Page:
Philogen is one of the best connected late-stage biotechs you’ve probably never heard of.
Founded by three brothers — the businessman and company CEO Duccio Neri and his two scientist siblings, Dario and Giovanni — way back in 1996, Philogen has been building up its expertise in armed antibodies over the past 23 years. It’s struck multiple development pacts with a whole range of pharma giants, occasionally rather casually and briefly noting them in abbreviated releases — like the three it announced in January with Novartis, J&J and Celgene, shorn of any specifics.
Philogen specializes in arming antibodies, with a focus on immunocytokines — linking cytokines for targeted delivery to spur local and systemic immune responses. The Neris say those pacts with top industry players have kept the private company profitable — and largely out of the eye of IPO-focused venture groups — for the past 20 years. But today, with two in-house therapies in Phase III development, they’re stepping out with a €62 million ($68 million) raise aimed at taking the biotech over the top of late-stage trials and into the market.
“We have worked for many years on the antibody delivery of many payloads and certainly cytokines are very special for us,” Dario Neri tells me over the phone, emphasizing that the biotech has developed considerable expertise in the use of both antibodies and ligands. Dario worked in Gregory Winter’s lab in Cambridge, UK after his post-doc, then returned to ETH Zurich, where he is a professor of chemistry and applied biosciences. A co-founder and head of the science advisory board at Philogen, he anchors the biotech’s work in Switzerland, a biopharma hotbed, which is coordinated with the home base activities in Siena, Italy, south of Florence.
These immunocytokines are fusion proteins, chemically coupling the cytokine to their delivery vehicle. And some of its partners — like Pfizer — have come back to build a slate of partnered efforts.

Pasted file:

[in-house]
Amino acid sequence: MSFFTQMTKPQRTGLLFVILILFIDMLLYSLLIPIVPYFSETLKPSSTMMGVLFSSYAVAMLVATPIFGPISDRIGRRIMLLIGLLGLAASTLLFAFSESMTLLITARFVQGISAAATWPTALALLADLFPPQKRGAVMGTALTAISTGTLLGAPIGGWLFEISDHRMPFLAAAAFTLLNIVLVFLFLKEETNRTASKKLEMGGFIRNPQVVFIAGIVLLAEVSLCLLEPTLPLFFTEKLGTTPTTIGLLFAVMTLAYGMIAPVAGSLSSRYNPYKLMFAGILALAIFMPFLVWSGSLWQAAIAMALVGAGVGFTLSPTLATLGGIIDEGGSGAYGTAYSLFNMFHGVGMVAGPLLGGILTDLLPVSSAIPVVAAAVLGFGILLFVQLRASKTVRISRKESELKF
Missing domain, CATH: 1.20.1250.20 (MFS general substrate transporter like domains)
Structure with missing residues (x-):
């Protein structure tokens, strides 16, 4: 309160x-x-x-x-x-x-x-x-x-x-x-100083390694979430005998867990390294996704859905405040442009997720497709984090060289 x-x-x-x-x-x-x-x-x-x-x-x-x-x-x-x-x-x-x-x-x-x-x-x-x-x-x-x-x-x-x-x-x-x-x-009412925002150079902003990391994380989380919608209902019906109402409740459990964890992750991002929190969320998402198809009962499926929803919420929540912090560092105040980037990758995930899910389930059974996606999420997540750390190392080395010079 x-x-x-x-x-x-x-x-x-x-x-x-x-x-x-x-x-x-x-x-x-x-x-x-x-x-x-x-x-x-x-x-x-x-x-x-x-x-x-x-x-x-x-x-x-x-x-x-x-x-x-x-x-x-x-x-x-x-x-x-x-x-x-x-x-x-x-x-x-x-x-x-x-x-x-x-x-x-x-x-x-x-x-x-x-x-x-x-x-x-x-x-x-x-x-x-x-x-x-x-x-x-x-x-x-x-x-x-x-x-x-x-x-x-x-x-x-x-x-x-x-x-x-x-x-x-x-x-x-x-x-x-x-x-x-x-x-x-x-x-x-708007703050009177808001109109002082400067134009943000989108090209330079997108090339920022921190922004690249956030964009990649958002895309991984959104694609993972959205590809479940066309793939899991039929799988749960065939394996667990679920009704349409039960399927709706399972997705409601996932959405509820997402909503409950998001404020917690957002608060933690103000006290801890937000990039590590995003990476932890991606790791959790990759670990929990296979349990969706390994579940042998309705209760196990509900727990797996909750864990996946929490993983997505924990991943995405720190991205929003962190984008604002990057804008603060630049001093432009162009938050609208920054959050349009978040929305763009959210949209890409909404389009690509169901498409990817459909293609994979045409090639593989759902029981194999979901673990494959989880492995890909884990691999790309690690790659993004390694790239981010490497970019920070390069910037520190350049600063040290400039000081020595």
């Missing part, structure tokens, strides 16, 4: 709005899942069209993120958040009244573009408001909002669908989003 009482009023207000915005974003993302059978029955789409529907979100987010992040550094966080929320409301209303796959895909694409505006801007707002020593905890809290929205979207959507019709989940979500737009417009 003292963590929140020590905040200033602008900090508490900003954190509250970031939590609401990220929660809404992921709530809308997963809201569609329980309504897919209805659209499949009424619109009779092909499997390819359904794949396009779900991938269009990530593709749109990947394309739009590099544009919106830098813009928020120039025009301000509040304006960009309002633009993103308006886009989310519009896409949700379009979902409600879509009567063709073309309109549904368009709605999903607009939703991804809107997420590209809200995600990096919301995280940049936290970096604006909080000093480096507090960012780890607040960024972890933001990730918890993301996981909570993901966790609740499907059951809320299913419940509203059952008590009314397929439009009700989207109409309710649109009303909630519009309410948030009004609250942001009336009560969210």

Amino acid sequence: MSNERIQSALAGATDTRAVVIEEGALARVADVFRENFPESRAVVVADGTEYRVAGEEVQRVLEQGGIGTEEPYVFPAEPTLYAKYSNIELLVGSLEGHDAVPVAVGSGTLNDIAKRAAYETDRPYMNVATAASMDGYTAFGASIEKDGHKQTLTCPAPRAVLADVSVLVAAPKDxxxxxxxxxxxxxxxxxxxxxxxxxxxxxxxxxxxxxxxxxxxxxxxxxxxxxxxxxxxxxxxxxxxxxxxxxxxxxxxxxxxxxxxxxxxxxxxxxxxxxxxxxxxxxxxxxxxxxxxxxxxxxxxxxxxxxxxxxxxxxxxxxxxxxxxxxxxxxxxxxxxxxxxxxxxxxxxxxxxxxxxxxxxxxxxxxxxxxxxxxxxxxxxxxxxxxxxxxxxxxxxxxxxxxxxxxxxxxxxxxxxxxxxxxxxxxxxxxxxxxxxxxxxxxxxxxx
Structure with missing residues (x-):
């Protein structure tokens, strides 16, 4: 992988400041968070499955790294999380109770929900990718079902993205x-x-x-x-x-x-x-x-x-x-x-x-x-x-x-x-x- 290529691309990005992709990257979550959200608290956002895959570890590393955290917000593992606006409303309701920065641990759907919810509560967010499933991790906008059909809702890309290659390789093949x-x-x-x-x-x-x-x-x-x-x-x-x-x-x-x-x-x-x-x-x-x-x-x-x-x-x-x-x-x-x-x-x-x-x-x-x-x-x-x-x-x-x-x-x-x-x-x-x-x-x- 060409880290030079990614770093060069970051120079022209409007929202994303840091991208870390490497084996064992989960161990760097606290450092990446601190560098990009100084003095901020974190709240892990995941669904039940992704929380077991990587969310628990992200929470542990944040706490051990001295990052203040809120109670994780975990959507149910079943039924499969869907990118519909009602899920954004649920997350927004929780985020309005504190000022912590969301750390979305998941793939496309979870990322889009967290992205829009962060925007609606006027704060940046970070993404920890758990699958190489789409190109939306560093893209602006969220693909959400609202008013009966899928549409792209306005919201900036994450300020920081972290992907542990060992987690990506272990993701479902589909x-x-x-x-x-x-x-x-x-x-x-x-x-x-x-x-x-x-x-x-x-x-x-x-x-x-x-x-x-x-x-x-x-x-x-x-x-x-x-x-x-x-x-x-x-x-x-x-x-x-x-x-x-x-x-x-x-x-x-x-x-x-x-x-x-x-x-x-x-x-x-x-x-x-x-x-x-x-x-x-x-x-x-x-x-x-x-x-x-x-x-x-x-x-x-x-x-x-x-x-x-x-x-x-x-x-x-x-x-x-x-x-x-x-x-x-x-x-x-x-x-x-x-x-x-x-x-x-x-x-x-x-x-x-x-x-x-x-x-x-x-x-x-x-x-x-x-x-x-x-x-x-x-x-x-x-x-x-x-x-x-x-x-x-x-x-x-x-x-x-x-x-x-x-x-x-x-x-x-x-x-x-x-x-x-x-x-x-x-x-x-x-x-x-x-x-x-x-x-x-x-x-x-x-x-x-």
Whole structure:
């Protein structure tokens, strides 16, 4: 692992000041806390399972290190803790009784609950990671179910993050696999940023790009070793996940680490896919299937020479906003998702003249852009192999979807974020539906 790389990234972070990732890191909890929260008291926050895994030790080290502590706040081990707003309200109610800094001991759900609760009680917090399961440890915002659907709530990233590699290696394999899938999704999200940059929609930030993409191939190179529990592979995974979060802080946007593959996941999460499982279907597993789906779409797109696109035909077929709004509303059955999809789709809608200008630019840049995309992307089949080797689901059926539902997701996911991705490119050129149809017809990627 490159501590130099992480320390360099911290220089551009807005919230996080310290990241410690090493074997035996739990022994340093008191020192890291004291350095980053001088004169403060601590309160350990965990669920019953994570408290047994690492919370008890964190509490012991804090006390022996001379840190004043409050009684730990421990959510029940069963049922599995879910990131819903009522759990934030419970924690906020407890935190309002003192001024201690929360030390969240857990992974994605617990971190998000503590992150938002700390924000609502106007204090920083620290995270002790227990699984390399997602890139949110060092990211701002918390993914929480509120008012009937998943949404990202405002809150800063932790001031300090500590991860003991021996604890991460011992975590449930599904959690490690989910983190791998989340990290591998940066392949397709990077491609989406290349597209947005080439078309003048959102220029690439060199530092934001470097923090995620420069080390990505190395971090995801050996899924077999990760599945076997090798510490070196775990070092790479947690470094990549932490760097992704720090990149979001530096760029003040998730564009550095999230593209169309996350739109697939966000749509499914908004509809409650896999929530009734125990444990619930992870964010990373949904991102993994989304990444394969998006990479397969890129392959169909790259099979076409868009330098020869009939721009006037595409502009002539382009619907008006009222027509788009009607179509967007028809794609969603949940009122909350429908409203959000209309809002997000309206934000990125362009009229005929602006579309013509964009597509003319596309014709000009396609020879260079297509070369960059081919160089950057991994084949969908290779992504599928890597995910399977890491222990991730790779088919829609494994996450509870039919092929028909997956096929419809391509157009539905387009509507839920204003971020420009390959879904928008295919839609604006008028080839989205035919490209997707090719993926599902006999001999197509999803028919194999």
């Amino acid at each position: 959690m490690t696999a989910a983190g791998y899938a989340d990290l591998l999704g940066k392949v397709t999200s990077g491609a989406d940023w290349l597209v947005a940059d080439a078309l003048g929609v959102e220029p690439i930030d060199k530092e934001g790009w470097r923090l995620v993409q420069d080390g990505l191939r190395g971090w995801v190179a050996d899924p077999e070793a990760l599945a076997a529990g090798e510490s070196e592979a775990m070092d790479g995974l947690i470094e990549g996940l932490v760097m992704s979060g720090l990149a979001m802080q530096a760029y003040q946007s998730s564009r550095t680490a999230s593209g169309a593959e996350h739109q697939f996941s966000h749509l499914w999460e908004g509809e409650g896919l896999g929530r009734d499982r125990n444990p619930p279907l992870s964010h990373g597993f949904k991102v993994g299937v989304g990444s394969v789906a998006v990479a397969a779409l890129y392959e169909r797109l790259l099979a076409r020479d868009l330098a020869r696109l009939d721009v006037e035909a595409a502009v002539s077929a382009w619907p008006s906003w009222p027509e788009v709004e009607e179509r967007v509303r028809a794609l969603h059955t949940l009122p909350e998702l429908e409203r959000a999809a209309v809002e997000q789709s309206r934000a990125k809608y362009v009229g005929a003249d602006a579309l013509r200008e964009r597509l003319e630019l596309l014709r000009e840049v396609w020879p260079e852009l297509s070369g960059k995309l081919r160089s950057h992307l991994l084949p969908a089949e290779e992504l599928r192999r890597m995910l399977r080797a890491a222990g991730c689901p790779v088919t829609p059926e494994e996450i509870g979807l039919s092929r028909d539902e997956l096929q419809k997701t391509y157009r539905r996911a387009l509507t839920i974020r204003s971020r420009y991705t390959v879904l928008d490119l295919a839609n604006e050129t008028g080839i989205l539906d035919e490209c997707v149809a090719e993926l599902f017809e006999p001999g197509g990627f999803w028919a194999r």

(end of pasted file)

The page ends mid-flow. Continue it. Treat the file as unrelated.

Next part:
“We have different types of collaborations,” says Dario Neri cheerfully, “some public and some not. Pfizer has signed up for a few.” Servier and Boehringer Ingelheim have also lined up for deals.
“Our model is innovating targeting,” he adds, localized at the site of disease.
You can see that in their own solo work, tailored to some carefully defined targets. Daromun, the lead drug, combines a pair of their immunocytokines — The IL2 fusion protein Darleukin and the TNF fusion protein Fibromun — for the intralesional treatment of Stage III B and C melanoma patients who are trying to fight off progression to Stage IV, where their prospects of survival are grim. In the late-stage work, researchers are comparing the neoadjuvant use of the drug followed by surgery against surgery alone — the standard of care — for an endpoint focused on recurrence free survival, with overall survival as a secondary endpoint.
Fibromun gained an orphan drug designation in January from the FDA for soft tissue sarcoma.
Working with its partners, Philogen has built up a staff of 110 who have created an integrated R&D group working from discovery to late stage trials, with their own manufacturing wing. “We value that very much,” says Dario Neri. “We know our products best,” and by building up their own expertise they’re able to move more reliably than any company that requires a CMO for the work.
Profitable doesn’t mean earning big money — Neri puts 2018 profits at €10 million. But compared to the average pre-revenue biotech consuming tens of millions, if not hundreds of millions of dollars, it’s a whole other world. Now they’d like more of the biopharma world to take note as they close in on a goal they’ve had in sight for close to a quarter of a century.
Later, maybe, they can see if the third time is the charm for an IPO, which they tried and failed at in both 2008 — bad timing for the market — and 2011, pulling the last one after Bayer pulled out of a deal. These brothers don’t give up easily.
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